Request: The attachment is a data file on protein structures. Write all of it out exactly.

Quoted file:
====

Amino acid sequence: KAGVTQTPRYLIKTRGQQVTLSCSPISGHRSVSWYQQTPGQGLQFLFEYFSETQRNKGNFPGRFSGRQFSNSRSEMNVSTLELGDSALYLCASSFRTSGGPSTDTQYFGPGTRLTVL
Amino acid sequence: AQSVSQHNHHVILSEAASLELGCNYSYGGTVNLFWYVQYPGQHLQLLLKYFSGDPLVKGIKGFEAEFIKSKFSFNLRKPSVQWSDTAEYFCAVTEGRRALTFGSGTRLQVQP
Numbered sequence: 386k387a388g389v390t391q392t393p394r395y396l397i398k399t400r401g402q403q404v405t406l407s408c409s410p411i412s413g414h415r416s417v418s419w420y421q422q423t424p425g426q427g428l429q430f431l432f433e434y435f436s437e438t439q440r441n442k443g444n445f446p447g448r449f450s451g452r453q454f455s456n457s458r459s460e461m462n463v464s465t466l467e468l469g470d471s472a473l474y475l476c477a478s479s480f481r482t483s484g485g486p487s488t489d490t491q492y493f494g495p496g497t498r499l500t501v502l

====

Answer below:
Amino acid sequence: KAGVTQTPRYLIKTRGQQVTLSCSPISGHRSVSWYQQTPGQGLQFLFEYFSETQRNKGNFPGRFSGRQFSNSRSEMNVSTLELGDSALYLCASSFRTSGGPSTDTQYFGPGTRLTVL
Amino acid sequence: AQSVSQHNHHVILSEAASLELGCNYSYGGTVNLFWYVQYPGQHLQLLLKYFSGDPLVKGIKGFEAEFIKSKFSFNLRKPSVQWSDTAEYFCAVTEGRRALTFGSGTRLQVQP
Numbered sequence: 386k387a388g389v390t391q392t393p394r395y396l397i398k399t400r401g402q403q404v405t406l407s408c409s410p411i412s413g414h415r416s417v418s419w420y421q422q423t424p425g426q427g428l429q430f431l432f433e434y435f436s437e438t439q440r441n442k443g444n445f446p447g448r449f450s451g452r453q454f455s456n457s458r459s460e461m462n463v464s465t466l467e468l469g470d471s472a473l474y475l476c477a478s479s480f481r482t483s484g485g486p487s488t489d490t491q492y493f494g495p496g497t498r499l500t501v502l